• C01G9/003Preparation involving a liquid-liquid extraction, an adsorption or an ion-exchange
    • CCHEMISTRY; METALLURGY
    • C22METALLURGY; FERROUS OR NON-FERROUS ALLOYS; TREATMENT OF ALLOYS OR NON-FERROUS METALS
    • C22BPRODUCTION AND REFINING OF METALS; PRETREATMENT OF RAW MATERIALS
    • C22B15/00Obtaining copper
    • C22B15/0063Hydrometallurgy
    • C22B15/0065Leaching or slurrying
    • C22B15/0067Leaching or slurrying with acids or salts thereof
    • C22B15/0071Leaching or slurrying with acids or salts thereof containing sulfur
    • CCHEMISTRY; METALLURGY
    • C22METALLURGY; FERROUS OR NON-FERROUS ALLOYS; TREATMENT OF ALLOYS OR NON-FERROUS METALS
    • C22BPRODUCTION AND REFINING OF METALS; PRETREATMENT OF RAW MATERIALS
    • C22B3/00Extraction of metal compounds from ores or concentrates by wet processes
    • C22B3/20Treatment or purification of solutions, e.g. obtained by leaching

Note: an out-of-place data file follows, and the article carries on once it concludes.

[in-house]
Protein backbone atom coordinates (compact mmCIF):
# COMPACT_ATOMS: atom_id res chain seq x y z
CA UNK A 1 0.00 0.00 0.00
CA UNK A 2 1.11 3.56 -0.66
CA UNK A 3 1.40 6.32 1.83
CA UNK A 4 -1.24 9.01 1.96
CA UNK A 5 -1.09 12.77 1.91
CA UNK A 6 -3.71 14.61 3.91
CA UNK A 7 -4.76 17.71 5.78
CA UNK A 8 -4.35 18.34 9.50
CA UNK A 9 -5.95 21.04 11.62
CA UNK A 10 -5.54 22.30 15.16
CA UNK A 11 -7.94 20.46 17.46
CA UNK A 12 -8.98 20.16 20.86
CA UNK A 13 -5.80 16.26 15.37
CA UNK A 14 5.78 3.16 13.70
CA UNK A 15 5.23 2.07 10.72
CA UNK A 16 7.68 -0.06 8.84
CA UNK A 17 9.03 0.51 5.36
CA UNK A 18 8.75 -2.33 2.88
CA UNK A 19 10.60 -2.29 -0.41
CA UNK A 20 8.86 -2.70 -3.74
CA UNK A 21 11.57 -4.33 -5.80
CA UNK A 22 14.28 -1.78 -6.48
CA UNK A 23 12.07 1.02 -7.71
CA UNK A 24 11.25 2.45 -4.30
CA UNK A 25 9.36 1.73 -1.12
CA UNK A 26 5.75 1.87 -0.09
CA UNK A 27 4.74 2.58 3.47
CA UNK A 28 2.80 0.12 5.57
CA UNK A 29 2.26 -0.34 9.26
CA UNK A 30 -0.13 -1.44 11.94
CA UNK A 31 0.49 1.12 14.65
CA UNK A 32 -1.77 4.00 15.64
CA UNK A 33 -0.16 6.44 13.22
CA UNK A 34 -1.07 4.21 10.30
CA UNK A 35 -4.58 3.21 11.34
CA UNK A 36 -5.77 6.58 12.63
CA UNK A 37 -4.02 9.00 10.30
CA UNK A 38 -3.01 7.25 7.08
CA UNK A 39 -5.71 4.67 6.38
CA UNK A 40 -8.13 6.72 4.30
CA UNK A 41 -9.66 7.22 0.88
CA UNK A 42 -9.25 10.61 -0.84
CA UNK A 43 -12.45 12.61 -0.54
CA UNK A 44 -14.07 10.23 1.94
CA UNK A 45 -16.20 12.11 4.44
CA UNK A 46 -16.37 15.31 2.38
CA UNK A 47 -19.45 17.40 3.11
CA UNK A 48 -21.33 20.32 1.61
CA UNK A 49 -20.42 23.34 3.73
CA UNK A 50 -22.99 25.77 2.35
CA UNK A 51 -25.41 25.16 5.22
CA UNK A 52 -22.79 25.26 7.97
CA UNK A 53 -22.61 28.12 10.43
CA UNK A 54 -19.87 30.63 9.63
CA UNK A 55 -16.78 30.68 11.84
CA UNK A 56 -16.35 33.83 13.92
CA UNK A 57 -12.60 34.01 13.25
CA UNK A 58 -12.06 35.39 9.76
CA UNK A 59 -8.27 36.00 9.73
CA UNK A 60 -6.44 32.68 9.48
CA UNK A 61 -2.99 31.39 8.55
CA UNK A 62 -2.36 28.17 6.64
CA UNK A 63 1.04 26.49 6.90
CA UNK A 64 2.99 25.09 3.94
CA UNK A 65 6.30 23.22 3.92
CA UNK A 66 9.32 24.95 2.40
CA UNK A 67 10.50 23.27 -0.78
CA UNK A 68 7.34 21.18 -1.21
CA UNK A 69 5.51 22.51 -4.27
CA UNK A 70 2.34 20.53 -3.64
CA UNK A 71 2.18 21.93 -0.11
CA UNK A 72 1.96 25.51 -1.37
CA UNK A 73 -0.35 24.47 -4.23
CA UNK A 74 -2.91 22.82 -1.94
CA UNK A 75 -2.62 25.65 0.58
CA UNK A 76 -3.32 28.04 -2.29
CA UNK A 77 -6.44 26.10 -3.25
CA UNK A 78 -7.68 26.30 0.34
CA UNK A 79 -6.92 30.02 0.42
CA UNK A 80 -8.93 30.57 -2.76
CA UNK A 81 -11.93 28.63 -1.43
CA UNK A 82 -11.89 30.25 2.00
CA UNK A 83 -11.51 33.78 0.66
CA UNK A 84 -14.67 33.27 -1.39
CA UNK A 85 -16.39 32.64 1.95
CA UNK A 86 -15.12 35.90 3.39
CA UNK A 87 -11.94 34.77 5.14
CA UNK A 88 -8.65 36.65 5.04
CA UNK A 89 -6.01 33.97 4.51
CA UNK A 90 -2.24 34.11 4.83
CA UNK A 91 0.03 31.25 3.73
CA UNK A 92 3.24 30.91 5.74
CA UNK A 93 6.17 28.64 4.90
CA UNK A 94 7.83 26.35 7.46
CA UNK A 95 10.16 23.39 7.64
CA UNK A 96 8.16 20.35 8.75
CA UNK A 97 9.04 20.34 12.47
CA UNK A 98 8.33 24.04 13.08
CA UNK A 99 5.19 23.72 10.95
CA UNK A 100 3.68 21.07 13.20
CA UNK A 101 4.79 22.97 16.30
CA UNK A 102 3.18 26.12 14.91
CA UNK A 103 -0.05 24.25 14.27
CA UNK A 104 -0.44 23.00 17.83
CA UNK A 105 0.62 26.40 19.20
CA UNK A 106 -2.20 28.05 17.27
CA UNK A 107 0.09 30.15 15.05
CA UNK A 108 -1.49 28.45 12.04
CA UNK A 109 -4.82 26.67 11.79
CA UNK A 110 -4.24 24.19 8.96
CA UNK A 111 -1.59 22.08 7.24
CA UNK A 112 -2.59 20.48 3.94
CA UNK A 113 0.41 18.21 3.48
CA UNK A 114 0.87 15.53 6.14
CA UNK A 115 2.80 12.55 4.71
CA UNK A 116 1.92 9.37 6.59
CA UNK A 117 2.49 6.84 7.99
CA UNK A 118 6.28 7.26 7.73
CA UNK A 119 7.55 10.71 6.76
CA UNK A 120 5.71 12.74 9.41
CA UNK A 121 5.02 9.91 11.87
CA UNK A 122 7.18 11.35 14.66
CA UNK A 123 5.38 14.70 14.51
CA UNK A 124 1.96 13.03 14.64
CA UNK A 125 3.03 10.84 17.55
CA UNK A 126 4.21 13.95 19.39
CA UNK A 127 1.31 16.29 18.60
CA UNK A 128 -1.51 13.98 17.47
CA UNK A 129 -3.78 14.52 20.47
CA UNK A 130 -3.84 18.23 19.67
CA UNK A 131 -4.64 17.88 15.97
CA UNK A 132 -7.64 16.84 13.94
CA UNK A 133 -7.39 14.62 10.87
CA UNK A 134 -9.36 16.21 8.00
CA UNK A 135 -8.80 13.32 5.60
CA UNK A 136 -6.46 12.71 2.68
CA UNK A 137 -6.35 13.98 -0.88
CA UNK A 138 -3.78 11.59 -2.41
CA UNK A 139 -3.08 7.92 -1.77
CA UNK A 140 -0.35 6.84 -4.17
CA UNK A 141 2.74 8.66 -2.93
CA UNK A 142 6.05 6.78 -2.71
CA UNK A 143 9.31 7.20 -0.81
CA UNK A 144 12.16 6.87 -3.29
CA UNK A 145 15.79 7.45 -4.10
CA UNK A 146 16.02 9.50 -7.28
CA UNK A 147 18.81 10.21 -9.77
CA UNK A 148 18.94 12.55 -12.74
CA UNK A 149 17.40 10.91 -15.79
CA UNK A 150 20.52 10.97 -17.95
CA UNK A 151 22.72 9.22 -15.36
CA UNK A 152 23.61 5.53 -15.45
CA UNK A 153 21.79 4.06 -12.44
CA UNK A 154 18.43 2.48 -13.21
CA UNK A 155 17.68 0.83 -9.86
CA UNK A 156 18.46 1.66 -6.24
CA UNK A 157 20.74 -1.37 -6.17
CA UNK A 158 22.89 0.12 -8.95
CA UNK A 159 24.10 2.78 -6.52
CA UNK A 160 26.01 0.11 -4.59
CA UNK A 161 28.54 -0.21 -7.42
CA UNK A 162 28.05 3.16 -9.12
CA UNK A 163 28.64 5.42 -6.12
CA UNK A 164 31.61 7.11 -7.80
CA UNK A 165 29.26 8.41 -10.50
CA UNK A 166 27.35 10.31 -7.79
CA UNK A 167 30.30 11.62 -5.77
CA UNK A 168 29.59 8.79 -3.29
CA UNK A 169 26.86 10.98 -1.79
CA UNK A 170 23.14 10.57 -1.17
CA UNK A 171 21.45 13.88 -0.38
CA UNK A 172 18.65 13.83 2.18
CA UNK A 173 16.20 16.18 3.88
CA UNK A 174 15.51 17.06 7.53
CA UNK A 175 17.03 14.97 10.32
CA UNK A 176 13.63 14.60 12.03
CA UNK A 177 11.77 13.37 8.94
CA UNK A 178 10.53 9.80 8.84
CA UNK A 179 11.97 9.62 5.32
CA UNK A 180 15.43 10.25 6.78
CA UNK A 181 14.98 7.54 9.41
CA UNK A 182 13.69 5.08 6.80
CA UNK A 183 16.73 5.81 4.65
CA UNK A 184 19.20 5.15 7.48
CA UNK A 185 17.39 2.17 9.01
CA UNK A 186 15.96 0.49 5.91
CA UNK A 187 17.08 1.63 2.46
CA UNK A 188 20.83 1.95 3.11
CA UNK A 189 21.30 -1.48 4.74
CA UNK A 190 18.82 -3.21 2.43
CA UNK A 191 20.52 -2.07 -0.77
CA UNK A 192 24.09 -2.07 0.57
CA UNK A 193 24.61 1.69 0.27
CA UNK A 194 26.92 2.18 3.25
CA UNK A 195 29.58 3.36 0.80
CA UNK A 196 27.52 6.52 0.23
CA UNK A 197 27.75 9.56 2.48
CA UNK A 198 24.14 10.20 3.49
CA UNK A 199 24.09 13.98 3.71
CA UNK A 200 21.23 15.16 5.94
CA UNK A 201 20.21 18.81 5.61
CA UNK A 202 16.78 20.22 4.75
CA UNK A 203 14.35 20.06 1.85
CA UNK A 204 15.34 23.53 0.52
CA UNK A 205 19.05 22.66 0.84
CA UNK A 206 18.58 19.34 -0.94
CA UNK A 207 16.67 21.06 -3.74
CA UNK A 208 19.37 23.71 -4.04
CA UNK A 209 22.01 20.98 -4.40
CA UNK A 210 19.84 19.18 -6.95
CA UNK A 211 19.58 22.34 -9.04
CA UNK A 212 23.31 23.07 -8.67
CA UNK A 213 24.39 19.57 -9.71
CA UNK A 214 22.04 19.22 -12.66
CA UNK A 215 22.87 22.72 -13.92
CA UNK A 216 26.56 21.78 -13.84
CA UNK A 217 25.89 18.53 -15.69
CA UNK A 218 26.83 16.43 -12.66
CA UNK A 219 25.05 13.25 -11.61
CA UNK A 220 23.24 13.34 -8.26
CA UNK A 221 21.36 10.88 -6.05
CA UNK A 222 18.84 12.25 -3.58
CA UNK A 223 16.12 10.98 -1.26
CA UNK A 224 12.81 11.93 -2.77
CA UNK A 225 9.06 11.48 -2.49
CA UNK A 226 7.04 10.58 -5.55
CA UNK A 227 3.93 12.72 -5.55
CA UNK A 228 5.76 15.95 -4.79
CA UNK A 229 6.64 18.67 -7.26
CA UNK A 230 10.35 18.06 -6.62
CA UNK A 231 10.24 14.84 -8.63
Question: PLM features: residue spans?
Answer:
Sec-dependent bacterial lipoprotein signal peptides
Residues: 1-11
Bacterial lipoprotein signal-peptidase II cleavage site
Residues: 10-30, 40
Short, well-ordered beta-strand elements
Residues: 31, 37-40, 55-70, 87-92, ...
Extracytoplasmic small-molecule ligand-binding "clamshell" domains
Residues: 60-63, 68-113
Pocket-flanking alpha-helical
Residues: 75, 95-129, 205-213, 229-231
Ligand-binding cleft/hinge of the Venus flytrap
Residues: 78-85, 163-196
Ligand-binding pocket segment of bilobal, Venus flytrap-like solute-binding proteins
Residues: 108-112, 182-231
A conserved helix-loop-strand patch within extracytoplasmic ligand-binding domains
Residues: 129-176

• C22B3/26Treatment or purification of solutions, e.g. obtained by leaching by liquid-liquid extraction using organic compounds
    • C22B3/28Amines
    • C22B3/282Aliphatic amines
    • CCHEMISTRY; METALLURGY
    • C22METALLURGY; FERROUS OR NON-FERROUS ALLOYS; TREATMENT OF ALLOYS OR NON-FERROUS METALS
    • C22BPRODUCTION AND REFINING OF METALS; PRETREATMENT OF RAW MATERIALS
    • C22B3/00Extraction of metal compounds from ores or concentrates by wet processes
    • C22B3/20Treatment or purification of solutions, e.g. obtained by leaching
    • C22B3/26Treatment or purification of solutions, e.g. obtained by leaching by liquid-liquid extraction using organic compounds
    • C22B3/36Heterocyclic compounds
    • C22B3/362Heterocyclic compounds of a single type
    • C22B3/364Quinoline
    • CCHEMISTRY; METALLURGY
    • C22METALLURGY; FERROUS OR NON-FERROUS ALLOYS; TREATMENT OF ALLOYS OR NON-FERROUS METALS
    • C22BPRODUCTION AND REFINING OF METALS; PRETREATMENT OF RAW MATERIALS
    • C22B3/00Extraction of metal compounds from ores or concentrates by wet processes
    • C22B3/20Treatment or purification of solutions, e.g. obtained by leaching